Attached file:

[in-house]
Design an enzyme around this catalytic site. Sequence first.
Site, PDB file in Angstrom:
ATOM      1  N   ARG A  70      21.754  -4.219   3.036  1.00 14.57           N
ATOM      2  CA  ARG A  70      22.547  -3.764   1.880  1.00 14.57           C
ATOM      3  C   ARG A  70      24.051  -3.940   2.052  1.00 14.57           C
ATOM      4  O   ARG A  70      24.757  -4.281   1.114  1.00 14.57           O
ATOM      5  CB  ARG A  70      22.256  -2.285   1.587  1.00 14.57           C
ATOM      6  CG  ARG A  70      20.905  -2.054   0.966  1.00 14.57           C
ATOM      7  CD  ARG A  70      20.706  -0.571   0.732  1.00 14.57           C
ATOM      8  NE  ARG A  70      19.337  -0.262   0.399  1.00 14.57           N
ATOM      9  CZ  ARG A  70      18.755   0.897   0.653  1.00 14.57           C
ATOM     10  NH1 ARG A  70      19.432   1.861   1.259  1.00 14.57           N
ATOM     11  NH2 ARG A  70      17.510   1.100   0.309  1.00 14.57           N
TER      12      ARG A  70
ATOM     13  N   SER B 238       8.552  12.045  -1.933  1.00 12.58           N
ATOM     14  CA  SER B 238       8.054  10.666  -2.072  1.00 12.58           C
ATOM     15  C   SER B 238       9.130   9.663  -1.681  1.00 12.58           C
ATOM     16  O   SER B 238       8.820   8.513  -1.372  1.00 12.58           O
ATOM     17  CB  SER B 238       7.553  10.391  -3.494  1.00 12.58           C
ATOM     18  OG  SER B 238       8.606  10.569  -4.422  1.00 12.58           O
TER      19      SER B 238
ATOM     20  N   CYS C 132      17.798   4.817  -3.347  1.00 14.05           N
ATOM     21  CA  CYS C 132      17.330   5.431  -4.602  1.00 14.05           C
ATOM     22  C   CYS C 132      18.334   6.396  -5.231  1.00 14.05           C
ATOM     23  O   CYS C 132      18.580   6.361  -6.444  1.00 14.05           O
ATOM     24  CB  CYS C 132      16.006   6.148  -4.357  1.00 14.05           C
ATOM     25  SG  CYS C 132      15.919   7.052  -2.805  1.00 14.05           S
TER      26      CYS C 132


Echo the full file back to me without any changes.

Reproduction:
[in-house]
Design an enzyme around this catalytic site. Sequence first.
Site, PDB file in Angstrom:
ATOM      1  N   ARG A  70      21.754  -4.219   3.036  1.00 14.57           N
ATOM      2  CA  ARG A  70      22.547  -3.764   1.880  1.00 14.57           C
ATOM      3  C   ARG A  70      24.051  -3.940   2.052  1.00 14.57           C
ATOM      4  O   ARG A  70      24.757  -4.281   1.114  1.00 14.57           O
ATOM      5  CB  ARG A  70      22.256  -2.285   1.587  1.00 14.57           C
ATOM      6  CG  ARG A  70      20.905  -2.054   0.966  1.00 14.57           C
ATOM      7  CD  ARG A  70      20.706  -0.571   0.732  1.00 14.57           C
ATOM      8  NE  ARG A  70      19.337  -0.262   0.399  1.00 14.57           N
ATOM      9  CZ  ARG A  70      18.755   0.897   0.653  1.00 14.57           C
ATOM     10  NH1 ARG A  70      19.432   1.861   1.259  1.00 14.57           N
ATOM     11  NH2 ARG A  70      17.510   1.100   0.309  1.00 14.57           N
TER      12      ARG A  70
ATOM     13  N   SER B 238       8.552  12.045  -1.933  1.00 12.58           N
ATOM     14  CA  SER B 238       8.054  10.666  -2.072  1.00 12.58           C
ATOM     15  C   SER B 238       9.130   9.663  -1.681  1.00 12.58           C
ATOM     16  O   SER B 238       8.820   8.513  -1.372  1.00 12.58           O
ATOM     17  CB  SER B 238       7.553  10.391  -3.494  1.00 12.58           C
ATOM     18  OG  SER B 238       8.606  10.569  -4.422  1.00 12.58           O
TER      19      SER B 238
ATOM     20  N   CYS C 132      17.798   4.817  -3.347  1.00 14.05           N
ATOM     21  CA  CYS C 132      17.330   5.431  -4.602  1.00 14.05           C
ATOM     22  C   CYS C 132      18.334   6.396  -5.231  1.00 14.05           C
ATOM     23  O   CYS C 132      18.580   6.361  -6.444  1.00 14.05           O
ATOM     24  CB  CYS C 132      16.006   6.148  -4.357  1.00 14.05           C
ATOM     25  SG  CYS C 132      15.919   7.052  -2.805  1.00 14.05           S
TER      26      CYS C 132